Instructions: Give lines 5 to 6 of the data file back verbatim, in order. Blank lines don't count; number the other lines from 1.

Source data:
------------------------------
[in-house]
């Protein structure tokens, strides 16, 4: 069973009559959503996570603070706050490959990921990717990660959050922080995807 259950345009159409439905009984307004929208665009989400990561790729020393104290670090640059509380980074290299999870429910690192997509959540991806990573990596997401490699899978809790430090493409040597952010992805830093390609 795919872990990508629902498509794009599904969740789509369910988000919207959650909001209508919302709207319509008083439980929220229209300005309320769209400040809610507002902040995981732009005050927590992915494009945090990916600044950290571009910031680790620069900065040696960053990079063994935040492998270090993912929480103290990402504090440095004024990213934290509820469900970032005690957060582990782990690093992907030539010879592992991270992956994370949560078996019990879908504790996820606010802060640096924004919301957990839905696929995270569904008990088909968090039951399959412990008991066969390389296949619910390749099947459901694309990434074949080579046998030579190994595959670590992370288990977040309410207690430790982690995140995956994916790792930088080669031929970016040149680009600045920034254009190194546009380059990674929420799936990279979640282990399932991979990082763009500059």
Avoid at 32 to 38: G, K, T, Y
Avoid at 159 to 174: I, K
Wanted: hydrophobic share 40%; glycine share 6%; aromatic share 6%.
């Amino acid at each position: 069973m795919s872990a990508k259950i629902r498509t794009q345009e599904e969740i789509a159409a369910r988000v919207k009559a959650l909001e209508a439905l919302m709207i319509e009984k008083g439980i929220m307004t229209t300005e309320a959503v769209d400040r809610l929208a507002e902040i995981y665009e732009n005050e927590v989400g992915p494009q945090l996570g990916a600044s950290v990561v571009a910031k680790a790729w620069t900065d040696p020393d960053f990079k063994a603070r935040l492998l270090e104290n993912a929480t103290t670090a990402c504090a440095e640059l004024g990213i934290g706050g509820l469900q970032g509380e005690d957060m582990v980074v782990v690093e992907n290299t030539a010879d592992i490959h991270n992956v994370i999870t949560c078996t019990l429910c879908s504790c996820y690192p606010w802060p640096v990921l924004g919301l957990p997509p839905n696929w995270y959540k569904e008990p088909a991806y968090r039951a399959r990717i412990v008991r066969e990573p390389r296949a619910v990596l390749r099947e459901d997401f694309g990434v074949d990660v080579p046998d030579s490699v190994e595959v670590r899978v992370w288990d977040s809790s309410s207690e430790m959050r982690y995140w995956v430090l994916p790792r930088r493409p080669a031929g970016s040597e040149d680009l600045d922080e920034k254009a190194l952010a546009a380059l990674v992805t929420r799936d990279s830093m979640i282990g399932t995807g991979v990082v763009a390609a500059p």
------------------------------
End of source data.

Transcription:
Wanted: hydrophobic share 40%; glycine share 6%; aromatic share 6%.
């Amino acid at each position: 069973m795919s872990a990508k259950i629902r498509t794009q345009e599904e969740i789509a159409a369910r988000v919207k009559a959650l909001e209508a439905l919302m709207i319509e009984k008083g439980i929220m307004t229209t300005e309320a959503v769209d400040r809610l929208a507002e902040i995981y665009e732009n005050e927590v989400g992915p494009q945090l996570g990916a600044s950290v990561v571009a910031k680790a790729w620069t900065d040696p020393d960053f990079k063994a603070r935040l492998l270090e104290n993912a929480t103290t670090a990402c504090a440095e640059l004024g990213i934290g706050g509820l469900q970032g509380e005690d957060m582990v980074v782990v690093e992907n290299t030539a010879d592992i490959h991270n992956v994370i999870t949560c078996t019990l429910c879908s504790c996820y690192p606010w802060p640096v990921l924004g919301l957990p997509p839905n696929w995270y959540k569904e008990p088909a991806y968090r039951a399959r990717i412990v008991r066969e990573p390389r296949a619910v990596l390749r099947e459901d997401f694309g990434v074949d990660v080579p046998d030579s490699v190994e595959v670590r899978v992370w288990d977040s809790s309410s207690e430790m959050r982690y995140w995956v430090l994916p790792r930088r493409p080669a031929g970016s040597e040149d680009l600045d922080e920034k254009a190194l952010a546009a380059l990674v992805t929420r799936d990279s830093m979640i282990g399932t995807g991979v990082v763009a390609a500059p």